Throughout the World Cup, we are looking back at how Eagles past and present have fared for their countries. Today, we reflect on the 18-year international career of Emmanuel Adebayor.
When you look at the stats, 31 goals in 69 international appearances is a goalscoring record for your country that anyone would be proud of, but Emmanuel Adebayor may still be wishing for more from his Togo career.
He starred in the Premier League for Arsenal, Manchester City, Tottenham Hotspur and, for a brief time, Palace, and was named African Player of the Year in 2008 so can look back on his club career with huge pride. However, his time spent representing his country is filled with triumph and tragedy.
It began so promisingly when he was handed his first cap as a 16-year-old while finding his feet in Metz’s academy, and his breakthrough in eastern France coincided with his establishment as his country’s go-to striker.
Adebayor found the back of the net 11 times during qualification for the 2006 World Cup to finish as the continent’s top scorer, ahead of Didier Drogba, Obafemi Martins and another one-time Eagle, Aruna Dindane, propelling Togo to their first World Cup.
Excitement was building in west Africa that their new superstar could cause a stir in Germany. However, 2006 would prove to be a hugely disappointing year for Togolese football when the most talented squad in their history imploded. In-fighting – partly blamed on Adebayor’s attitude to training following his move to Arsenal – led to manager Stephen Kesh’s sacking, and the team losing every group game at the 2006 Africa Cup of Nations without scoring.
Remarkably, the rows, triggered by bonus payments, flowed into the build-up to the World Cup with Adebayor attempting to be a peace-broker as his team threatened to boycott the tournament, saying: "It has always been like that in Togo. I say to myself that this money, if I don't earn it today, I can earn it tomorrow.”
In the end, manager Otto Pfister departed before the tournament, and with their preparations wrecked Togo’s big moment turned into a nightmare as they once again lost all three games, with Adebayor again failing to get on the scoresheet, in what seems to be his only chance to perform for his beloved country on the world stage.
It has been a love-hate relationship at times; in 2007 Adebayor and two teammates were suspended for three matches and received death threats after further disagreements over World Cup bonuses. However, when motivated and hungry he showed his undoubted quality during his peak years by netting four goals in a game against Swaziland, helping his team to the 2010 AFCON.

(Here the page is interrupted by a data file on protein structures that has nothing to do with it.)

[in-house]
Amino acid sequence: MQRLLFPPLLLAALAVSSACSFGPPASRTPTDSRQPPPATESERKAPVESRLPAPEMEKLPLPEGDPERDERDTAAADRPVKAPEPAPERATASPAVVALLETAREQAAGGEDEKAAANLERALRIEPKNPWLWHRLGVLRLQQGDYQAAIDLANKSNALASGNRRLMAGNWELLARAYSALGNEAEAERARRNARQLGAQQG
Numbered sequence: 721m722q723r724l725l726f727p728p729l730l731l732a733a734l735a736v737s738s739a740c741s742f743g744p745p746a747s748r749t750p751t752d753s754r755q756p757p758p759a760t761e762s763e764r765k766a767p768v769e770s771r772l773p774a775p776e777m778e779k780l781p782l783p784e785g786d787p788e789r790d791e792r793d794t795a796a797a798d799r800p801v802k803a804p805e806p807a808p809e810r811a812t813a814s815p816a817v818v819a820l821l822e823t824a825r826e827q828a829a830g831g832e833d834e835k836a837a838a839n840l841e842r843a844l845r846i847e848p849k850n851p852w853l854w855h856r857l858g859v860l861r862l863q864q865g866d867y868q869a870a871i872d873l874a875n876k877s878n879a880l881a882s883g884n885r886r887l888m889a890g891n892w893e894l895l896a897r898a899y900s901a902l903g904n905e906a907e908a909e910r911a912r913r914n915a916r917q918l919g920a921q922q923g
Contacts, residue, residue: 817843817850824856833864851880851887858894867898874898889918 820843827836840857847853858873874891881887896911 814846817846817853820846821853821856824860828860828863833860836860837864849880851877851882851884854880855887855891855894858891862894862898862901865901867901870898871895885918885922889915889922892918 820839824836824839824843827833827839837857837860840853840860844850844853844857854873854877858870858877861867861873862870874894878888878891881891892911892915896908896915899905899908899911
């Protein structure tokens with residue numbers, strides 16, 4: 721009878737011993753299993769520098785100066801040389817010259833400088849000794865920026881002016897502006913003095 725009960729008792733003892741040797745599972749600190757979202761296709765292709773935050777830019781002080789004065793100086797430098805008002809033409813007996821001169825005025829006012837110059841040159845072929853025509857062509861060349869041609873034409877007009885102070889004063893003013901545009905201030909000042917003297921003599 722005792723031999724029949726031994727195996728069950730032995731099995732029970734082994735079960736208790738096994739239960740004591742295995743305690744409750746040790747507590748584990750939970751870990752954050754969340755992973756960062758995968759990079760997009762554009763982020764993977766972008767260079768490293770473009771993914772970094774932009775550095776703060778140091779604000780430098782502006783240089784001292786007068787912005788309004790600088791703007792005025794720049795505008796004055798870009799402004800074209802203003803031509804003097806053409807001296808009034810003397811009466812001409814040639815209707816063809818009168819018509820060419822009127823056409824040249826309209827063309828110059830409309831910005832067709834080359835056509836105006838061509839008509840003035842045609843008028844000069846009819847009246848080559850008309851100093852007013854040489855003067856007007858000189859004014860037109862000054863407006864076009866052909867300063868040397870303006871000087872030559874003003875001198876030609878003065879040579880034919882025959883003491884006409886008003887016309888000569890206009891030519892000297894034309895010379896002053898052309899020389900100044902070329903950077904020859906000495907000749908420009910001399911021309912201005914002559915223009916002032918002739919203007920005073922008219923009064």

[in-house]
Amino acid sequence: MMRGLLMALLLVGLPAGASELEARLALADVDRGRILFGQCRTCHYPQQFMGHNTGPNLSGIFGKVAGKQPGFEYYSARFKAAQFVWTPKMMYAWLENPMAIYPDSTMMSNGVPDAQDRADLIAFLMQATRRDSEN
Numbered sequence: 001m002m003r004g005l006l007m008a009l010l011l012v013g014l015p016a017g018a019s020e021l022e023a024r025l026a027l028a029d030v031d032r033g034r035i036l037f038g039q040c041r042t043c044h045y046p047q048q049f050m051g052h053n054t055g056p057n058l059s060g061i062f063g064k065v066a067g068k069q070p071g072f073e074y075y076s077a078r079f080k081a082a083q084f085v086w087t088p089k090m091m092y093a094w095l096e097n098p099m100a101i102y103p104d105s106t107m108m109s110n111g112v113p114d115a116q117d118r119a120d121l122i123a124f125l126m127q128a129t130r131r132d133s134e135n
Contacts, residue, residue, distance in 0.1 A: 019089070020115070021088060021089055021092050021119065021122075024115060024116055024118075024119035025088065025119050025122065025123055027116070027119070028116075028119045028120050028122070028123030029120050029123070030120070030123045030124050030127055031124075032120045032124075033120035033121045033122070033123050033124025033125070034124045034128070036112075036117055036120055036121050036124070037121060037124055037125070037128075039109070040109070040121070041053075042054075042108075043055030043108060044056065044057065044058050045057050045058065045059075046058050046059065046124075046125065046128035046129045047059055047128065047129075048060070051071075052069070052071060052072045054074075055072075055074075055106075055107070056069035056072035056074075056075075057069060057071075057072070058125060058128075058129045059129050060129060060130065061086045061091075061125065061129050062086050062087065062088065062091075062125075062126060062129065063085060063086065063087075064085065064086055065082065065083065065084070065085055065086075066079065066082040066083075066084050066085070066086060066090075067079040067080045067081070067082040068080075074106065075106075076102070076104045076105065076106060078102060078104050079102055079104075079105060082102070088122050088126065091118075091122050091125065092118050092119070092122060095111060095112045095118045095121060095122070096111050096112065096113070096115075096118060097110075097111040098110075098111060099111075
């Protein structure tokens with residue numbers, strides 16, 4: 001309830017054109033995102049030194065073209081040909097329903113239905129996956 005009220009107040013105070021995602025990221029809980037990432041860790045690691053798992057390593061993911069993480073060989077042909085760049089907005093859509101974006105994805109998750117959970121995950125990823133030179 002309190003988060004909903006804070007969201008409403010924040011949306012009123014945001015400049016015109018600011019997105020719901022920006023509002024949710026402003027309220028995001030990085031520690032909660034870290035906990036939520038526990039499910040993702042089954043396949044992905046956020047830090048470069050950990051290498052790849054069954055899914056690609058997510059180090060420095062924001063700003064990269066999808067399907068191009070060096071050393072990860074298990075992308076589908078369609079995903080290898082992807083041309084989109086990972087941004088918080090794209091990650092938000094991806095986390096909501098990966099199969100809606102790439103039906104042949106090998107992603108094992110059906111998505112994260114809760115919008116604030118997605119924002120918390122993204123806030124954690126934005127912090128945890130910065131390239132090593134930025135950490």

Heartbreakingly Togo wouldn’t get the chance to redeem themselves after 2006. As they travelled by bus to the tournament in Angola, rebel gunmen opened fire and the assistant coach, press officer and driver were all killed. Despite wanting to play in the tournament as a tribute to the victims, captain Adebayor and his teammates were ordered by the Togolese government to return home.
That traumatic event saw Adebayor reluctantly retire from international duty, saying: "I have weighed up my feelings in the weeks and months since the attack, and I am still haunted by the events.
"We were just footballers going to play a football match and represent our country, yet we were attacked by people who wanted to kill us all. It is a moment I will never forget and one I never want to experience again."
Thankfully, after being persuaded to return to the national team in 2011, Adebayor has once again enjoyed representing his country for the past seven years, helping them qualify for two further AFCONs and is now his nation’s all-time leading goalscorer.
Speaking to The Guardian last year, he said: “To be honest with you, I’m feeling even better than when I was on top of my game. I’m laughing, singing, dancing, enjoying my life. I am the comedian of this team and I am also the serious guy. If something is needed to make the team laugh, it comes from me.”
After what he has been through for his national team, no-one can begrudge Adebayor that joy.